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SSAT Score/Percentile Trendline for 8th Grade

DakshinaDakshina Posts: 117Registered User Junior Member
edited January 2013 in Prep School Parents
For those who want to convert their practice test scores into SSAT percentile, I am posting a rough trendline based on SSAT scores/percentiles I could find. You can put this trendline into Excel spreadsheet or use it on a calculator.

y = 3E-05x2.399

y equals 100-percentile
x equals 2400-score

This trendline has an R2 = 0.9551, meaning it s not perfect but very close. Following are some reported scores/percentiles compared with predicted percentiles.

Reported Predicted
Score Percentile Percentile
2331 99 99
2262 98 96
2259 97 96
2235 96 94
2175 86 87
2163 84 85
2067 72 66
2049 68 62
1971 42 38
Post edited by Dakshina on
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Replies to: SSAT Score/Percentile Trendline for 8th Grade

  • pulsarpulsar Posts: 1,266- Senior Member
    Cool work Dakshina! You are a math wizard. This is really useful. :)
  • DakshinaDakshina Posts: 117Registered User Junior Member
    Thanks, pulsar. I am glad you found it useful. It seems to work well between percentiles of 80 and ~96. If I had some more reported scores/percentiles, it could be made more precise, especially for percentiles below 80.

    By the way, for clarification, it is "x to the power 2.399"

    y = 3E-05x^2.399
  • RellielouRellielou Posts: 500Registered User Member
    Do most kids take SSAT practice tests? My kid will be going into it cold. He's taking the exam in October and has no time between now and then to study.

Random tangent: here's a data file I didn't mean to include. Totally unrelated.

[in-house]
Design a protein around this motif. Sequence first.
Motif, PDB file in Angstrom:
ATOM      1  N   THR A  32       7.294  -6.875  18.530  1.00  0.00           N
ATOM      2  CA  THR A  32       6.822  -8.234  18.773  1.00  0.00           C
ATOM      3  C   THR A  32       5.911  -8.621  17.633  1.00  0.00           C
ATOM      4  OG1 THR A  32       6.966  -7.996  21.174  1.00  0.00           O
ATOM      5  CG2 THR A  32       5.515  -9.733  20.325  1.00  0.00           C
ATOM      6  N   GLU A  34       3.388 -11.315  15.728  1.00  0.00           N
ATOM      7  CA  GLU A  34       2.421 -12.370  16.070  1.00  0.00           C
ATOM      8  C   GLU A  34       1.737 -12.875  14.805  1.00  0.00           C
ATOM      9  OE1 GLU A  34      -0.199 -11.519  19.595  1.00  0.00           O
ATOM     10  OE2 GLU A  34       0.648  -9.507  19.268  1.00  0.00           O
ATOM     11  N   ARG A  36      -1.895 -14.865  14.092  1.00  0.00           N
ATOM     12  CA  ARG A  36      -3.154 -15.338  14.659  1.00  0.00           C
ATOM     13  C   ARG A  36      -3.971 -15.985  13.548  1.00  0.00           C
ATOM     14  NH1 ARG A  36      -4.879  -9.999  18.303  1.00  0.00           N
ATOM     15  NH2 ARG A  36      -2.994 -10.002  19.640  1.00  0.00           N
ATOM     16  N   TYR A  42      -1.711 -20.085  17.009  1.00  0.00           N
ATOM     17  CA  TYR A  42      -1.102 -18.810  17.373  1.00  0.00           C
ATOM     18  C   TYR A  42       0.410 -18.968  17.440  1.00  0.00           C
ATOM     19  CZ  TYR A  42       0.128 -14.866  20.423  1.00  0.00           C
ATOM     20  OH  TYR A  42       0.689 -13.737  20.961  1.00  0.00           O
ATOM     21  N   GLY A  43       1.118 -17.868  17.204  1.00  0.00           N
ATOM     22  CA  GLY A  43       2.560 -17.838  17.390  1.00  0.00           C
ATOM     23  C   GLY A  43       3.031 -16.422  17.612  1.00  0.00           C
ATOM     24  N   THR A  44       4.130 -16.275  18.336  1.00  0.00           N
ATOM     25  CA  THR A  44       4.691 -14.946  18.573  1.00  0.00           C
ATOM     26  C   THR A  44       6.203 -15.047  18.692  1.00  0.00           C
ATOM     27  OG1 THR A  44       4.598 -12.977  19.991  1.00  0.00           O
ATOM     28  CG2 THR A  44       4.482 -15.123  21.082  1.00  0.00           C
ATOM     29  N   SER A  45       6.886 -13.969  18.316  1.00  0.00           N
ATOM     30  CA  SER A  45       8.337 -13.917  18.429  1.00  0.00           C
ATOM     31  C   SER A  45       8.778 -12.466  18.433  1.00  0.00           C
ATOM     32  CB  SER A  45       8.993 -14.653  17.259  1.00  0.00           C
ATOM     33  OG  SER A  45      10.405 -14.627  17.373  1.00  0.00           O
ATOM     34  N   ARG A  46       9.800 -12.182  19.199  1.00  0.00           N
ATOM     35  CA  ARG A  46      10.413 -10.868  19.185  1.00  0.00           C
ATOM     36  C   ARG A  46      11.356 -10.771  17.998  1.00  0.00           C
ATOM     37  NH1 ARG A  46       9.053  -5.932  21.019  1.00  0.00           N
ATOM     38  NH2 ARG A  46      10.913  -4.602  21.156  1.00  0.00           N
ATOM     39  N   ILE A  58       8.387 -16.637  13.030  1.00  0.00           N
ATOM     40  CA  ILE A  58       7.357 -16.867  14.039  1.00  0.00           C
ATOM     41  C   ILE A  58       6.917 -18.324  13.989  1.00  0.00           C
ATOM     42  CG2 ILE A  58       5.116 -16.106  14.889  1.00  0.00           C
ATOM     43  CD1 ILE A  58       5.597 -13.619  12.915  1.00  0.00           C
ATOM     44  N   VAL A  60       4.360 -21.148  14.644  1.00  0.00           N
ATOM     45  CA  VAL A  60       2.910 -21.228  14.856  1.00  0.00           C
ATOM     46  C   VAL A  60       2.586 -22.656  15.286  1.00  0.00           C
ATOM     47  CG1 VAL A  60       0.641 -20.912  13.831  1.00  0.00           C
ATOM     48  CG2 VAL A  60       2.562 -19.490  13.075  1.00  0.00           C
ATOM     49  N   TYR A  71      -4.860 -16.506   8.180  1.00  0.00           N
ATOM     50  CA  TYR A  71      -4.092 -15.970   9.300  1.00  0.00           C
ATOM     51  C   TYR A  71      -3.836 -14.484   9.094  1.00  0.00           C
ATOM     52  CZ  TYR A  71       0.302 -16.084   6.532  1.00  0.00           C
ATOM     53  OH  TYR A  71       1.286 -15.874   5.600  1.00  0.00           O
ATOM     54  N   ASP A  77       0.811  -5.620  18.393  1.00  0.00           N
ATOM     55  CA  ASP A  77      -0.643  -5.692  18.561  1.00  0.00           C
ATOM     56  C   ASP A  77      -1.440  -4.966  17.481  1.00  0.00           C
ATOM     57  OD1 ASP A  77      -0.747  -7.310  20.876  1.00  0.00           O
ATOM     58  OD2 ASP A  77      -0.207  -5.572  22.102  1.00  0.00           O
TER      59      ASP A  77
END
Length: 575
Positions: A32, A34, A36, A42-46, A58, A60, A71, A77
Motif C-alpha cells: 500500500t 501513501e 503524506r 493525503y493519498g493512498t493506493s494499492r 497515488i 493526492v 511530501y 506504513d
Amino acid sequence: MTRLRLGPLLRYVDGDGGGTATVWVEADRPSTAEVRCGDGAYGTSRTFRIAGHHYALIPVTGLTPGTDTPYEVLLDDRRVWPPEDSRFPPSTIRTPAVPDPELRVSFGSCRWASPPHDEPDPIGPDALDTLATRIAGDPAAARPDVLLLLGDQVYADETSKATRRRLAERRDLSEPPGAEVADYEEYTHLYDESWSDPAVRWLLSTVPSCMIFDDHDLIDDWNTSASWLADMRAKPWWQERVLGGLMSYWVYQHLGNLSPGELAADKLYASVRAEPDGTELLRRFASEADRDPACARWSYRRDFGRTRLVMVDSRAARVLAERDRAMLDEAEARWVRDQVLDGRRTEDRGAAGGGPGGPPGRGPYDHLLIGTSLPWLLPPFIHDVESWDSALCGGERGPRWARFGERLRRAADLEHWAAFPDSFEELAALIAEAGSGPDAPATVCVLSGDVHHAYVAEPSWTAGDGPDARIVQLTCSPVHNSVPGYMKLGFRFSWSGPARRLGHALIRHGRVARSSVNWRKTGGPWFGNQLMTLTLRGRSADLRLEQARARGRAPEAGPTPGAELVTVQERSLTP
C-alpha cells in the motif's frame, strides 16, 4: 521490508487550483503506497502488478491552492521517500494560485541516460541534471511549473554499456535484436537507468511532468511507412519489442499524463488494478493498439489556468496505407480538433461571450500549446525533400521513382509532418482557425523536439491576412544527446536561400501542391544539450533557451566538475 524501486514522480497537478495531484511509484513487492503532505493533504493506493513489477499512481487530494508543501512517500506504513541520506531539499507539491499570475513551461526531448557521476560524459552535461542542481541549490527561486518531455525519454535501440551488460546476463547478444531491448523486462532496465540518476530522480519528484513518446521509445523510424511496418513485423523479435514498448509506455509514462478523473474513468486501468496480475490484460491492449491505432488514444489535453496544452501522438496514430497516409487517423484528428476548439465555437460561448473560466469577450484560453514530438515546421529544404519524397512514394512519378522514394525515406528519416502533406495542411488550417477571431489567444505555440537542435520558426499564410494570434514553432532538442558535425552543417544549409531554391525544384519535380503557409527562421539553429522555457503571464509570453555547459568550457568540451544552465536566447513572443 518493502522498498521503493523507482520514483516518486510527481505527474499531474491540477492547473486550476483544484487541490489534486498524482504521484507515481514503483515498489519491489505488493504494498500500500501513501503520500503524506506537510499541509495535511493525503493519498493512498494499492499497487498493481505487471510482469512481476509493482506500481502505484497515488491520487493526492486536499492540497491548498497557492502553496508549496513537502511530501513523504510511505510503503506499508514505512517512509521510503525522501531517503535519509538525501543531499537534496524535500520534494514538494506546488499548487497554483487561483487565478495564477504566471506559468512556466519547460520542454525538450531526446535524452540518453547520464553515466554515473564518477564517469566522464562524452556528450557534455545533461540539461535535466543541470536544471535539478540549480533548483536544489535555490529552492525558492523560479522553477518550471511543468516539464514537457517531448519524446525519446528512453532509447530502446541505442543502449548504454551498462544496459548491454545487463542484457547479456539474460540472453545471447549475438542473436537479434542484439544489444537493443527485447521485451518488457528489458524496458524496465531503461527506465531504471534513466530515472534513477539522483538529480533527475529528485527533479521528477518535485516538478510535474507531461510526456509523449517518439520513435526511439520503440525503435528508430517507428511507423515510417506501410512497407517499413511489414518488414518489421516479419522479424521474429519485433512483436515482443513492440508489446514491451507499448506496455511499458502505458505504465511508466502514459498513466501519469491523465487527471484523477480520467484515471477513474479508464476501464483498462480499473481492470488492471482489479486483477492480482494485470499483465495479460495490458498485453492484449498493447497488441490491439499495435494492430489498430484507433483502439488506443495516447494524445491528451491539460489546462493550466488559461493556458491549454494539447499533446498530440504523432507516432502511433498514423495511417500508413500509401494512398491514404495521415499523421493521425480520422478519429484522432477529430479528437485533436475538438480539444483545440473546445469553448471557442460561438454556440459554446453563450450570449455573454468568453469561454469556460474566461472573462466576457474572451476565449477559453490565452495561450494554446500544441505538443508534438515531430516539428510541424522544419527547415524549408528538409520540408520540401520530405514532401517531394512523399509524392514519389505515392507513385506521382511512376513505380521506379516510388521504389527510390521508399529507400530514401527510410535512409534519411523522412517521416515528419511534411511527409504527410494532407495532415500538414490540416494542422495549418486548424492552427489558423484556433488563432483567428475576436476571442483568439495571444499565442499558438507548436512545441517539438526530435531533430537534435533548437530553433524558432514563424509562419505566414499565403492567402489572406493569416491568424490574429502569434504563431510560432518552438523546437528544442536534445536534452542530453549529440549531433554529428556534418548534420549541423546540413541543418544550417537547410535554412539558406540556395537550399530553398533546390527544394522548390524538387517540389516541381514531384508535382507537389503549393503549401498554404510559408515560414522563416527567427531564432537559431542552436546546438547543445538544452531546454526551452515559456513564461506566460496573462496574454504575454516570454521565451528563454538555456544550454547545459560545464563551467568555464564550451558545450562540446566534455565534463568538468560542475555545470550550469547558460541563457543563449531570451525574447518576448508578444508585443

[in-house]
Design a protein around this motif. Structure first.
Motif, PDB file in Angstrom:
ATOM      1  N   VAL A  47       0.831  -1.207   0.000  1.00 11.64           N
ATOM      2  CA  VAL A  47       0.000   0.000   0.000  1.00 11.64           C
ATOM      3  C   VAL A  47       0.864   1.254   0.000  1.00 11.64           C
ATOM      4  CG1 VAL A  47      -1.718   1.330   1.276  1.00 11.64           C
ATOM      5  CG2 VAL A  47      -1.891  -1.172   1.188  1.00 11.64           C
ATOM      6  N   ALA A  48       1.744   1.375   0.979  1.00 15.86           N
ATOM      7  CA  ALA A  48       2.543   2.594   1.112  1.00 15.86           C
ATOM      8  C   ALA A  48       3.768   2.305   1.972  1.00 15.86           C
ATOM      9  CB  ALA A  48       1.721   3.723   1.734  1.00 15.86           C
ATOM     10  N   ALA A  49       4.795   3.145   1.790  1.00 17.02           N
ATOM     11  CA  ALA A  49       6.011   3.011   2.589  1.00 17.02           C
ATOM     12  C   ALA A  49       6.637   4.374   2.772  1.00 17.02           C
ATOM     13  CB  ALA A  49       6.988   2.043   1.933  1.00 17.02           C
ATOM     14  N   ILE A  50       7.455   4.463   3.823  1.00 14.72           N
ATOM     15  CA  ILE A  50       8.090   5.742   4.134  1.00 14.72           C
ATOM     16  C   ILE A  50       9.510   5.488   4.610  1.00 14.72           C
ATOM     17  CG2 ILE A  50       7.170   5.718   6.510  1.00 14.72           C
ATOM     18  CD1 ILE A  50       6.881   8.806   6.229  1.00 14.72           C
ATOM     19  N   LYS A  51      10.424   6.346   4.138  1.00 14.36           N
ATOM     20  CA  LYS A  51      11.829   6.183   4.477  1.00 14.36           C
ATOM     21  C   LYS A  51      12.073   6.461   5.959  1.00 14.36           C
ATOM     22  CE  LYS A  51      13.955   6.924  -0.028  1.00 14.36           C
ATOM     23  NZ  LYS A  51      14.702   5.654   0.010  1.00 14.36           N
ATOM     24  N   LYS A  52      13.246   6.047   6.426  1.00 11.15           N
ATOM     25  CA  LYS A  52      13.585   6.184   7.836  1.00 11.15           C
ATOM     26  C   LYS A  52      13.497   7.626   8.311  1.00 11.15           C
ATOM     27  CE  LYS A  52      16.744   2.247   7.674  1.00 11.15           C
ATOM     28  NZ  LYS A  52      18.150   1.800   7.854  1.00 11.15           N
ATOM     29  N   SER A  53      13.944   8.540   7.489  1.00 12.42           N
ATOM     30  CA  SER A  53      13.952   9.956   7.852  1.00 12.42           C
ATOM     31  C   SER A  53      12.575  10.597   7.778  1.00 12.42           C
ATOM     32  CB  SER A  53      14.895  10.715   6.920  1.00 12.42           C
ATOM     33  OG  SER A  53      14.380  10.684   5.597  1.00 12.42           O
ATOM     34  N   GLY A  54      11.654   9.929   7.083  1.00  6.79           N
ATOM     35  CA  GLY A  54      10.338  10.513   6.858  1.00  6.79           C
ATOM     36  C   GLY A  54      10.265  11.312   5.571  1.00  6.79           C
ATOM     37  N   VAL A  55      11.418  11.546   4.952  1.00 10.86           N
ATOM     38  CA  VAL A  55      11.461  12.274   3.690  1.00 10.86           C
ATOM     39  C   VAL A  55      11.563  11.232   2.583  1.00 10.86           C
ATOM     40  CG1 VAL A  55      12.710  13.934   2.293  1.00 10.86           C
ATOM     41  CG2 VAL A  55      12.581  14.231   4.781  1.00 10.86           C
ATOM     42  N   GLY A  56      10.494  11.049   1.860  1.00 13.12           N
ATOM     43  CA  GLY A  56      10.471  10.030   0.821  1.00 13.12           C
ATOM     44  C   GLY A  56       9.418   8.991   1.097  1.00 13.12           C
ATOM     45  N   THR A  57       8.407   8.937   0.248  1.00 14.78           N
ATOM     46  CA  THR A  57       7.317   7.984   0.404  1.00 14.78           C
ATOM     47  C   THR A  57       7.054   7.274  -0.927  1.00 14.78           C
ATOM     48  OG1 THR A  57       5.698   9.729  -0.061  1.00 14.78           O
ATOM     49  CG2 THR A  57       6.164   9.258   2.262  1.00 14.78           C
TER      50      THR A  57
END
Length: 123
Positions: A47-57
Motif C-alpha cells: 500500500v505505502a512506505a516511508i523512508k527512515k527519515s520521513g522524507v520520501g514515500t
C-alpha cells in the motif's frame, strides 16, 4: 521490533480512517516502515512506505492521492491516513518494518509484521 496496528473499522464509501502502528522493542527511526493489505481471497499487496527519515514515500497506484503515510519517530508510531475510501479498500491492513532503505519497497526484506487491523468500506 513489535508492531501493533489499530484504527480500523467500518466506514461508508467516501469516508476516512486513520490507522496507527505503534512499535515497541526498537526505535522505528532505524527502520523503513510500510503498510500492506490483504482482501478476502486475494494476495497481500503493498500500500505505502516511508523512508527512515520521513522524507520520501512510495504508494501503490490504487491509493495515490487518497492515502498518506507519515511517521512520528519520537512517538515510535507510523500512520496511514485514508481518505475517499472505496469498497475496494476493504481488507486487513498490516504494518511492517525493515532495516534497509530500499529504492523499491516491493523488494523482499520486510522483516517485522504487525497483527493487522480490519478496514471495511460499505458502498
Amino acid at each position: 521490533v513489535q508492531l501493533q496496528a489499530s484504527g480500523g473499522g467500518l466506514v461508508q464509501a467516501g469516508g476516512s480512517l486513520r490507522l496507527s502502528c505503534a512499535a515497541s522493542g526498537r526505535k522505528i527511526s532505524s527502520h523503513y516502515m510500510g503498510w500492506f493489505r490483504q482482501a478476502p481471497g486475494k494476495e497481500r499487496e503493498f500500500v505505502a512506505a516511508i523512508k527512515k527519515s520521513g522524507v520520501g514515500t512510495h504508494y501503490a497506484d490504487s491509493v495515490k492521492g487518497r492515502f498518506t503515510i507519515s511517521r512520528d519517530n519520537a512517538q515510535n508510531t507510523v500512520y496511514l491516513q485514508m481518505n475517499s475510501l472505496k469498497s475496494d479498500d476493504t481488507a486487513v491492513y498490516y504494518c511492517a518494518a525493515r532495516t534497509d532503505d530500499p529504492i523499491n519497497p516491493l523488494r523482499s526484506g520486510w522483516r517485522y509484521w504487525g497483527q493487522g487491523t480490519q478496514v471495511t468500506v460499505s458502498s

• neatoburritoneatoburrito Posts: 3,021Registered User Senior Member
    The book you can order from the SSAT people has two tests in it. That's pretty much all my daughter is doing to prepare. She is also scheduled for the October sitting. If she isn't happy with her score, it will give her enough time to retake it.

    Some kids do as our do, some study for months with multiple books, some have private tutors and others go to private schools where they drill them for years. Don't worry about it too much. The test isn't that hard. Beyond being familiar with the format, and the types of problems, I don't know that doing a lot of studying is particularly helpful, especially with the verbal.
  • SevenDadSevenDad Posts: 2,542Registered User Senior Member
    I didn't want my D to go I'm cold so bought the Barrons and Princeton Review SSAT/ISEE books just so she'd be able to familiarize herself with types of questions and format of test. She scored in the mid to high 90s on two of the included practice tests, so we didn't sweat prepping. She'll be taking the real one in Oct as well...
  • SevenDadSevenDad Posts: 2,542Registered User Senior Member
    That was supposed to say "go in cold"...posting via phone is always dicey...
  • InventInvent Posts: 521- Member
    SevenDad, How was the Barrons Book compared to PReview or Kaplan's?
  • SevenDadSevenDad Posts: 2,542Registered User Senior Member
    I know I thought one was better, but I'm traveling on business and will report back when I get home...FYI, don't be fooled by the covers, they have upper and lower SSAT and ISEE and count all on cover highlight...it might say 6 tests, but only 2 might be the upper SSAT.
  • Alexz825MomAlexz825Mom Posts: 730Registered User Member
    As an educator who has taught SAT/ACT science prep courses, the best things the books give you is the entire instructions for the exam, format and practice type questions. I refuse to allow my d to "study for the exam", but allowed her to be comfortable and the the rules. Would studying have helped her--maybe but life continues and I believe, like most standardized exams, it test long term not short term knowledge.